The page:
Stunning Double Rainbow over Farm

Double Rainbow-6983

Our very own pot of gold!  A beautiful way to get the day started.

 

Advertisements
Gallery

Sandy Mush Kestrel Project

This gallery contains 4 photos.

  We met Mark Hopey several years ago when he was working on a Wildflower and Bird Count Project on our farm.  He was excited to hear that we had been observing American Kestrels on the farm, and we agreed … Continue reading

2019 honey season is in the air

Both literally and figuratively.  The bee are buzzing about as I work in the garden today; they are happy for this warm, sunny day.  Glenn just checked on them, and the hives are not ready to be split yet, but the two hives that we had make it through the winter are healthy.  We did have our largest loss of hives since we began beekeeping, I believe we lost six hives.  Glenn conducted an experiment, and it did not correspond to his mite treatments.  One hive that survived had not been treated and the other hive had been treated.  However, I do believe the hive that he had not treated and survived was a hive that he split late in the season.  It would be interesting to conduct various control groups and test out theories, maybe one day when we have more time.

For now, Glenn is actually happy to be scaled back on his number of hives to manage.  He has two strong ones and plans to split those to a total of four when the time comes.  Thus, we will not have the quantity of honey we have had for the past few years, but you can still count on our bees for the quality of their honey.

I will send an email out to our local honey customers when the bees tell me its time!  In the meantime, I’ve already started a list with excited customers who want to make sure they don’t miss out.  Happy spring to you!

 

Exciting Opportunity for Local Family Farm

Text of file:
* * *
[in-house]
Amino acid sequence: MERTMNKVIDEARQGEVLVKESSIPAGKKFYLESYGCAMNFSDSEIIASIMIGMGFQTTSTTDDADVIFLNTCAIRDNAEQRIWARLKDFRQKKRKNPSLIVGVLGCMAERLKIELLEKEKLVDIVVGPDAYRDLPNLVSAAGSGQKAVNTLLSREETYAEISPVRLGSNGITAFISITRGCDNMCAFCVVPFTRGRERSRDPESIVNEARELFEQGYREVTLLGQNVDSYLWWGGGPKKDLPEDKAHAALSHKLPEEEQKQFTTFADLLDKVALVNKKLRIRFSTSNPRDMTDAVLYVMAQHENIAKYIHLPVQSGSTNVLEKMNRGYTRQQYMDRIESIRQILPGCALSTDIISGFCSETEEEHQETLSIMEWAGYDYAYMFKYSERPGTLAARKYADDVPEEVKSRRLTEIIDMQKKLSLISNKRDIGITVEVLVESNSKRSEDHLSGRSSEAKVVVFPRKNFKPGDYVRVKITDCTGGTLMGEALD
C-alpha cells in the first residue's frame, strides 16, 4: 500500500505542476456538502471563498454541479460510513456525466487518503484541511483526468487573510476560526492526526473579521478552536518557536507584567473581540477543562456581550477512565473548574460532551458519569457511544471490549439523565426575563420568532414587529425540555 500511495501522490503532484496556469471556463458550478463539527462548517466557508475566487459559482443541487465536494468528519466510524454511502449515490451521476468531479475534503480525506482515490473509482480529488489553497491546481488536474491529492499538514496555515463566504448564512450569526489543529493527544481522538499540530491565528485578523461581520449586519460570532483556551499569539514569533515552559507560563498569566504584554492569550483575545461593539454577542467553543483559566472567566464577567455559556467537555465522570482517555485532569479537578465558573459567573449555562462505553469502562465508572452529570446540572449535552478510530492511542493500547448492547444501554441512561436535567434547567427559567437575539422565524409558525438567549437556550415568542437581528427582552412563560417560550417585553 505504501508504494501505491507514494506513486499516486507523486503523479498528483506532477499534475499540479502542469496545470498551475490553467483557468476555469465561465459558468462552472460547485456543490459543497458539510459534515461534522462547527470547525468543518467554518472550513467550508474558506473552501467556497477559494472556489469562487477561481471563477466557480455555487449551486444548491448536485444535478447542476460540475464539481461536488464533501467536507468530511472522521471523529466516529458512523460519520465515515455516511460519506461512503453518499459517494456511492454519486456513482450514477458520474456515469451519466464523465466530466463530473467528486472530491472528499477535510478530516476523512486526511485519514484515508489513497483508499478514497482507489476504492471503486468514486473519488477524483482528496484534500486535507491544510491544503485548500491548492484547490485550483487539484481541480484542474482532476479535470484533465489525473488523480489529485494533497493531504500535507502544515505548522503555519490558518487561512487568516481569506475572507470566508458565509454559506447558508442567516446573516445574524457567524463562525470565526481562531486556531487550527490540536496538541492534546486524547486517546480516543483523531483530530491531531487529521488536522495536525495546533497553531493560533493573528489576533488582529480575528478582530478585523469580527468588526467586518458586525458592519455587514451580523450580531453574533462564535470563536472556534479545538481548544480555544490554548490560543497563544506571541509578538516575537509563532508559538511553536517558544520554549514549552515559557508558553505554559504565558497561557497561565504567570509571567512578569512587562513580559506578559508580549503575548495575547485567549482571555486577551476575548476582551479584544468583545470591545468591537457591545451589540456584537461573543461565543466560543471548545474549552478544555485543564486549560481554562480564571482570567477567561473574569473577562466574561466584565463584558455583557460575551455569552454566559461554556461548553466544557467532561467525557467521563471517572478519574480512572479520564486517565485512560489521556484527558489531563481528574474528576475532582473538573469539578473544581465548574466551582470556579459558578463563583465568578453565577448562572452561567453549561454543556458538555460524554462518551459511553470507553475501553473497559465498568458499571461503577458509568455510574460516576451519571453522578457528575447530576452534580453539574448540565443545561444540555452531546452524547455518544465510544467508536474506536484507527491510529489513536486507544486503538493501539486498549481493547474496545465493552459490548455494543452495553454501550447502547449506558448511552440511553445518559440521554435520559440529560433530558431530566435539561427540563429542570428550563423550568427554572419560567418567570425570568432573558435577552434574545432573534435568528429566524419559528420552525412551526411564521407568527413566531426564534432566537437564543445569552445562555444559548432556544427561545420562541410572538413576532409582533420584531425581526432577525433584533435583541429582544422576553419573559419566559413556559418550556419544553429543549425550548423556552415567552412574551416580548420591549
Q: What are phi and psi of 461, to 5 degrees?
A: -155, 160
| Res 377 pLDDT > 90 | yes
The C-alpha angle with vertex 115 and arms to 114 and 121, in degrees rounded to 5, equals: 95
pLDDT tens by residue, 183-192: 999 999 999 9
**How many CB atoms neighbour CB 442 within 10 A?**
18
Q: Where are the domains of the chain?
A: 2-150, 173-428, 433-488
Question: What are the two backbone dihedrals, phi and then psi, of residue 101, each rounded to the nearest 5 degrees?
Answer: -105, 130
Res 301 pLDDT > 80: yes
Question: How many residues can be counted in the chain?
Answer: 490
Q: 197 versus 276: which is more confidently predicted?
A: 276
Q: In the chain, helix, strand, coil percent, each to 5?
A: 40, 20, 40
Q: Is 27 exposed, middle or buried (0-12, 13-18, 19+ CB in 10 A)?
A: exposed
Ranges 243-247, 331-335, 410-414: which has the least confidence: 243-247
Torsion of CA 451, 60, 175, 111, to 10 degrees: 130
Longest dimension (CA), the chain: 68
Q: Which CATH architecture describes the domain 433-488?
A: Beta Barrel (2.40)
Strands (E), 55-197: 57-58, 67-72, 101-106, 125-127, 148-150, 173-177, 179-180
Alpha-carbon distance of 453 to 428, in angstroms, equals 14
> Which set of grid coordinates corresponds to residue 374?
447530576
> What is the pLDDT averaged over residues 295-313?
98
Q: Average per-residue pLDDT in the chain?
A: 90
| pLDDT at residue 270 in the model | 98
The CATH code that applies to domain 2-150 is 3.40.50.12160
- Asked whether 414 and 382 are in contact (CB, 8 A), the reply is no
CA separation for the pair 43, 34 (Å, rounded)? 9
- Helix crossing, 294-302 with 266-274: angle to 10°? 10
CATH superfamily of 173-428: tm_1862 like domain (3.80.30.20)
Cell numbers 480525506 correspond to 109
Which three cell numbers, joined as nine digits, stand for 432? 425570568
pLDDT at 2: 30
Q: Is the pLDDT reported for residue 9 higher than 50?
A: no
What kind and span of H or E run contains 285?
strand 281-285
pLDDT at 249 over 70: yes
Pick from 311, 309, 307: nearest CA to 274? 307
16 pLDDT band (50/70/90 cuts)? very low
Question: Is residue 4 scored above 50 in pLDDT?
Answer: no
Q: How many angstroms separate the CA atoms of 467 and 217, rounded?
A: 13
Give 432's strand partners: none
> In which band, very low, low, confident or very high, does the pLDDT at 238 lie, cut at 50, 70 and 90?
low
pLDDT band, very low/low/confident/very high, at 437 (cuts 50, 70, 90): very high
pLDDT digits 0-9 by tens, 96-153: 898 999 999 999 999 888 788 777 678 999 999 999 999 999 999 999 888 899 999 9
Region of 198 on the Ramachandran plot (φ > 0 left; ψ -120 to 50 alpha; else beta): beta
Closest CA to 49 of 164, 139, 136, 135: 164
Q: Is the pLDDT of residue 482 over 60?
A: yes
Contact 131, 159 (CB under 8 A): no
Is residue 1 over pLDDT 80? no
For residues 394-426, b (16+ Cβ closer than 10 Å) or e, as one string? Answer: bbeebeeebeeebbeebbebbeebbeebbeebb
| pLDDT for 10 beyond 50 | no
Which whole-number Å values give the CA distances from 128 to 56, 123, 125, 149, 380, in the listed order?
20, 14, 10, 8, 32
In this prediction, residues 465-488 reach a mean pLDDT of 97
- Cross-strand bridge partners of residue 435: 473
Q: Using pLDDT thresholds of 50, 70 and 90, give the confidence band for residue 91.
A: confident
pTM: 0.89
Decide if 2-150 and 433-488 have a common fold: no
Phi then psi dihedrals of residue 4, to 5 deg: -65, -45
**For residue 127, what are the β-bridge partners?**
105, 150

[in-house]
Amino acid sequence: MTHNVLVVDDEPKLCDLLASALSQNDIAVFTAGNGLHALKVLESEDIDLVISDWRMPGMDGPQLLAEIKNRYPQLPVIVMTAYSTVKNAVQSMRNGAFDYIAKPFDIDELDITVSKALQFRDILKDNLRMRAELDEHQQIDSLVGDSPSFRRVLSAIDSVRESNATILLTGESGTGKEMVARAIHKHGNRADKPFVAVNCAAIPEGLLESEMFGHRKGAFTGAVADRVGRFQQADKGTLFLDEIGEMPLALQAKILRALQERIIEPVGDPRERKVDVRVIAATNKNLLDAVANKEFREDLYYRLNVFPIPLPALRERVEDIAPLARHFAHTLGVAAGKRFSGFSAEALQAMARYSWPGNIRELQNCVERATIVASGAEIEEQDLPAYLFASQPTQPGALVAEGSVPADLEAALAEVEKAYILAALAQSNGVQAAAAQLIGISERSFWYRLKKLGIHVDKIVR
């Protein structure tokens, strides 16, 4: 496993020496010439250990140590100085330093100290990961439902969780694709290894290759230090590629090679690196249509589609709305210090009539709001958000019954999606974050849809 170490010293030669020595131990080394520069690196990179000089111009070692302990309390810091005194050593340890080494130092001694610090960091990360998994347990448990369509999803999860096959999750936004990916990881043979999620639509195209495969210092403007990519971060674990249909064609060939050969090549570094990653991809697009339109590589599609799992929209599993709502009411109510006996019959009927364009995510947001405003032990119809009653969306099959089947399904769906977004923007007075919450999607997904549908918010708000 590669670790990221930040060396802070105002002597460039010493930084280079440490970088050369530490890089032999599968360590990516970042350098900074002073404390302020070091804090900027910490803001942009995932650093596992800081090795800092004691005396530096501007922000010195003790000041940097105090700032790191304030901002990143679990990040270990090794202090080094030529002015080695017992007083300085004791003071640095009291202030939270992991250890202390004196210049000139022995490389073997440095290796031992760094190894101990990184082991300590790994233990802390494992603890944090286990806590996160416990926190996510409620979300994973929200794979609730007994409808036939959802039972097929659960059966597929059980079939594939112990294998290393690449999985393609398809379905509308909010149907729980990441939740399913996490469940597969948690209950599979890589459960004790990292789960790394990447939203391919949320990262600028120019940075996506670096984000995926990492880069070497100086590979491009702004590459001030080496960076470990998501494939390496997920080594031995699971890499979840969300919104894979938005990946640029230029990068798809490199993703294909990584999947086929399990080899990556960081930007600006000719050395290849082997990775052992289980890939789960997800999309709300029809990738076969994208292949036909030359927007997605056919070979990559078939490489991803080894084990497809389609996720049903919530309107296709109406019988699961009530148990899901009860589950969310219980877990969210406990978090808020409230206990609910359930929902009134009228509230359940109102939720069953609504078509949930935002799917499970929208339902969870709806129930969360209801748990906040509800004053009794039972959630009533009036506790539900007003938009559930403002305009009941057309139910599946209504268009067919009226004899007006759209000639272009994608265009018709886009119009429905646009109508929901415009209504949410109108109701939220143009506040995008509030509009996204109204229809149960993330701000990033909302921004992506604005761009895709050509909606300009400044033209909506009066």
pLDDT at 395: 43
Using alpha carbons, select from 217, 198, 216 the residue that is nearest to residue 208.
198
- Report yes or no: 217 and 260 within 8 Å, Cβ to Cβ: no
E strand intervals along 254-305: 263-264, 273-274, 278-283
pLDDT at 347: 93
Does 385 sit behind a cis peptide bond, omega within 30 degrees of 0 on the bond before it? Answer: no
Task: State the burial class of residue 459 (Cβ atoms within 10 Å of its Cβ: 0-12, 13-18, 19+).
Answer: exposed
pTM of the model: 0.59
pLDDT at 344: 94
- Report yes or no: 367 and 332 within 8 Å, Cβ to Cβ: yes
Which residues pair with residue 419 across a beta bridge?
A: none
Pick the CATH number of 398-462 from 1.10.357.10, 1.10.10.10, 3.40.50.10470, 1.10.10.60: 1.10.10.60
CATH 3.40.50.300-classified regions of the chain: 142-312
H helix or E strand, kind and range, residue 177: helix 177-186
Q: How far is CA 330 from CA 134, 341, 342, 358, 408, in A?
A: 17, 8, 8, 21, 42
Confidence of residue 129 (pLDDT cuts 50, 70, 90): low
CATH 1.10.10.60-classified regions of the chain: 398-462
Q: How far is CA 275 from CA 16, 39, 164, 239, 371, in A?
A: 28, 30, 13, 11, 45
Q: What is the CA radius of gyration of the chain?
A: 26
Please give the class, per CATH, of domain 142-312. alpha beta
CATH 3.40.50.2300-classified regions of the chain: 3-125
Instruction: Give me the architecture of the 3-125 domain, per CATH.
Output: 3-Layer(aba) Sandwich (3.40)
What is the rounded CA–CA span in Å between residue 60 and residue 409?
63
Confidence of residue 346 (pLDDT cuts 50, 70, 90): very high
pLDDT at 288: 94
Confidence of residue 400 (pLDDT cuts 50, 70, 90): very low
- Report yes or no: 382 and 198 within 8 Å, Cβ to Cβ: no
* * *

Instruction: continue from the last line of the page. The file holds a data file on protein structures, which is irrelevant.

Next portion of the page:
Please vote and support one of our Sandy Mush farms; the Frisbee family is working hard to prove that vineyards are a viable and profitable farming venture in western North Carolina.  Profitable family farms, and farmland preservation is our goal!

Learn about this family’s farm story!

Be Curious!

Encourage curiosity, especially in children.  Ask the questions, engage with people, learn something new.  Be curious!!

Less Mowing, More Pollinators

Buterfly Garden in Portland Maine

Less mowing, more pollinators…that is Glenn’s mantra.  As much as he says that, you would think that he was the one who took care of our mowing and was coming up with a strategy to lighten that chore, but, nope, I am the one who mows the yard.

During our recent travels, he did enjoy pointing out examples of his “no mow” philosophy.  The Bee and Butterfly Garden in Portland, Maine was a great example of both a beautiful and useful habitat.  We also paid attention to how states were choosing to maintain their roadsides.  The case has been made that roadsides could provide a valuable pollinator habitat.  This article from Xerces Society makes the case in Pollinator Conservation at 60 MPH.   Then, if you are so inspired, the Xerces Society has even created a good sample letter to send your state representative and/or your state DOT to let them know you are supportive of these roadside efforts.